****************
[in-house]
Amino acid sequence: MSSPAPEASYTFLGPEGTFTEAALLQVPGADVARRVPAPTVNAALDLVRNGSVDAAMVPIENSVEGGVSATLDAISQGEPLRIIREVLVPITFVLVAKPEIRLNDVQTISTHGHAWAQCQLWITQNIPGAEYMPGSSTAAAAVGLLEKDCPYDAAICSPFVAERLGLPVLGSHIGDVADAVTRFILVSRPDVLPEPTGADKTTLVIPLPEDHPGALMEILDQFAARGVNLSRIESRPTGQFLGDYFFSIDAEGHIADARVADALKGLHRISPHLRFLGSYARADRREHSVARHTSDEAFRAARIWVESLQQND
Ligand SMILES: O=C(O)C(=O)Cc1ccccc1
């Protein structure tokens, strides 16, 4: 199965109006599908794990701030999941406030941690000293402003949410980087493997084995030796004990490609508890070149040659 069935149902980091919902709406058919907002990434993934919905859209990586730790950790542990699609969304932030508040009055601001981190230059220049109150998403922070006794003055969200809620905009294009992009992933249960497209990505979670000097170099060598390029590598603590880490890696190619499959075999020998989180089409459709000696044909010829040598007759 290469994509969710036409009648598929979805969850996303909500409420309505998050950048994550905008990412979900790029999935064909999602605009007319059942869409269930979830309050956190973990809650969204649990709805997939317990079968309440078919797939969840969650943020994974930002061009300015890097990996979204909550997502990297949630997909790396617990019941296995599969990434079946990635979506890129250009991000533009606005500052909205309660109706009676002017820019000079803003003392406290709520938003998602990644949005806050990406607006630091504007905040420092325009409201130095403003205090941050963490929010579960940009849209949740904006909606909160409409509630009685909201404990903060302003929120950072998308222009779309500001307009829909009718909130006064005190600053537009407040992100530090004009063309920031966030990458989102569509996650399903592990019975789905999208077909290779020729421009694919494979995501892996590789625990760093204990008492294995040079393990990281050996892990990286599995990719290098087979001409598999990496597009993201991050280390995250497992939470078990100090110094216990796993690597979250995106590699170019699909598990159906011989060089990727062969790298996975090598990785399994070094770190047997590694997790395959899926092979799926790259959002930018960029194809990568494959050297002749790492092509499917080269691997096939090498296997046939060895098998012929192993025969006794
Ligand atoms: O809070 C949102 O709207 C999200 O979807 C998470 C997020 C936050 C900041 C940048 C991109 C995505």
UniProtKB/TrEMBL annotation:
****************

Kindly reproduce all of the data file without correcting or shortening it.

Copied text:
[in-house]
Amino acid sequence: MSSPAPEASYTFLGPEGTFTEAALLQVPGADVARRVPAPTVNAALDLVRNGSVDAAMVPIENSVEGGVSATLDAISQGEPLRIIREVLVPITFVLVAKPEIRLNDVQTISTHGHAWAQCQLWITQNIPGAEYMPGSSTAAAAVGLLEKDCPYDAAICSPFVAERLGLPVLGSHIGDVADAVTRFILVSRPDVLPEPTGADKTTLVIPLPEDHPGALMEILDQFAARGVNLSRIESRPTGQFLGDYFFSIDAEGHIADARVADALKGLHRISPHLRFLGSYARADRREHSVARHTSDEAFRAARIWVESLQQND
Ligand SMILES: O=C(O)C(=O)Cc1ccccc1
């Protein structure tokens, strides 16, 4: 199965109006599908794990701030999941406030941690000293402003949410980087493997084995030796004990490609508890070149040659 069935149902980091919902709406058919907002990434993934919905859209990586730790950790542990699609969304932030508040009055601001981190230059220049109150998403922070006794003055969200809620905009294009992009992933249960497209990505979670000097170099060598390029590598603590880490890696190619499959075999020998989180089409459709000696044909010829040598007759 290469994509969710036409009648598929979805969850996303909500409420309505998050950048994550905008990412979900790029999935064909999602605009007319059942869409269930979830309050956190973990809650969204649990709805997939317990079968309440078919797939969840969650943020994974930002061009300015890097990996979204909550997502990297949630997909790396617990019941296995599969990434079946990635979506890129250009991000533009606005500052909205309660109706009676002017820019000079803003003392406290709520938003998602990644949005806050990406607006630091504007905040420092325009409201130095403003205090941050963490929010579960940009849209949740904006909606909160409409509630009685909201404990903060302003929120950072998308222009779309500001307009829909009718909130006064005190600053537009407040992100530090004009063309920031966030990458989102569509996650399903592990019975789905999208077909290779020729421009694919494979995501892996590789625990760093204990008492294995040079393990990281050996892990990286599995990719290098087979001409598999990496597009993201991050280390995250497992939470078990100090110094216990796993690597979250995106590699170019699909598990159906011989060089990727062969790298996975090598990785399994070094770190047997590694997790395959899926092979799926790259959002930018960029194809990568494959050297002749790492092509499917080269691997096939090498296997046939060895098998012929192993025969006794
Ligand atoms: O809070 C949102 O709207 C999200 O979807 C998470 C997020 C936050 C900041 C940048 C991109 C995505």
UniProtKB/TrEMBL annotation: